Marginal analysis is a process that seeks to identify the relationship between the additional or marginal benefits received from engaging in a specific activity and the additional costs that are associated with that activity. The goal of this type of analysis is to get an idea of the overall satisfaction that can be derived from the effort, while also considering both primary and ancillary costs associated with that particular effort. Doing so makes it much easier for consumers to make comparisons of different purchasing options, and go with the one that provides the most satisfaction while still being considered worth the cost.
Consumers tend to utilize marginal analysis as a matter of course when choosing between two or more similar products. This is done by identifying the primary benefit derived from each product, then determining if there are any other aspects of the individual products that would provide some additional benefit or incentive. For example, a consumer may compare two different laundry detergents that are both capable of effectively cleaning clothes, and find the cost for each product is similar. While both products fulfill that primary need and are considered reasonable in terms of cost, the consumer will often go with the product that provides the most desirable scent to the washed clothing, a secondary, or marginal, benefit that increases the desirability of that particular brand of detergent.
This same process of marginal analysis is utilized when a consumer is choosing between two restaurants. While the two restaurants provide similar entrées at similar prices, one restaurant has a reputation for serving larger portions. A consumer who does not mind eating leftovers may consider the larger portions an added or marginal benefit that can be obtained with little to no extra cost. As a result of this exercise of marginal analysis, the consumer enjoys part of the entrée at the restaurant, and takes the rest home to be eaten that evening or the next day.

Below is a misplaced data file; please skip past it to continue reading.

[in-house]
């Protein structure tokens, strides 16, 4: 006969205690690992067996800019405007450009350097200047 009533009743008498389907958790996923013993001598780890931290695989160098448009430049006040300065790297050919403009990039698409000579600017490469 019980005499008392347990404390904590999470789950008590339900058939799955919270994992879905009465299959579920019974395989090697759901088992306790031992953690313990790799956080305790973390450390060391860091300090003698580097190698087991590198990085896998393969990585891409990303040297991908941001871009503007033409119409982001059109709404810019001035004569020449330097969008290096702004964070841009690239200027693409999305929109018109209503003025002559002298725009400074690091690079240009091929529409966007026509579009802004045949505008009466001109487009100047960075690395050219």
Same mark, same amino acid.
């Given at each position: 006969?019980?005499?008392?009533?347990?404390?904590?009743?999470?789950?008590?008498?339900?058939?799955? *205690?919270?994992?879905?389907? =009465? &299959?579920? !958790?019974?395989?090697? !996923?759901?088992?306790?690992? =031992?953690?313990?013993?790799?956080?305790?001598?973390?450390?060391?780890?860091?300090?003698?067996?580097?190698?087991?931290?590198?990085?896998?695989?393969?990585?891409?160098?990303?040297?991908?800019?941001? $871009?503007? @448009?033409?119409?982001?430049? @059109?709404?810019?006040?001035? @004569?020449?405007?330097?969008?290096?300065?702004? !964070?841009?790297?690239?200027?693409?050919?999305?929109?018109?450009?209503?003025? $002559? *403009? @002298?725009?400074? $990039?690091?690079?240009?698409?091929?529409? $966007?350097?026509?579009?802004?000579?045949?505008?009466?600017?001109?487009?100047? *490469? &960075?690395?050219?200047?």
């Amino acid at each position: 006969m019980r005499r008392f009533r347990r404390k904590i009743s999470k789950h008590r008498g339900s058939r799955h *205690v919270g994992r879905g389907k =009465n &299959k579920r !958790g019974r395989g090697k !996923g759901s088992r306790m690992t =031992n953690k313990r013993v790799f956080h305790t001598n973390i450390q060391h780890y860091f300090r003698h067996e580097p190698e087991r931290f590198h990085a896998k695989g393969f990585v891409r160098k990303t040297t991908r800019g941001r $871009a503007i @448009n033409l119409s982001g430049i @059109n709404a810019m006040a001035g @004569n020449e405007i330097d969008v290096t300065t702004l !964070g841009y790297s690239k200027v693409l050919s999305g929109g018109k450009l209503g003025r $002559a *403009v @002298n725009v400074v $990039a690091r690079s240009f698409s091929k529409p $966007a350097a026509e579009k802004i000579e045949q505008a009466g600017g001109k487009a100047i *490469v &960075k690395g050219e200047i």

Key to the process of marginal analysis is understanding and properly evaluating the changes in variables that could sway the outcome of the decision making process. For example, the laundry detergent that was favored previously may be rejected next time, since the consumer has tired of the scent. In like manner, the diner may choose a different restaurant when eating out again, owing to the fact that the other restaurant offers a wider range of side dishes with the desired entrée. Shifts in consumer tastes or changes in pricing are variables that may influence what primary and secondary benefits a consumer identifies with a given purchase option, and make a difference in the consumer’s final decision.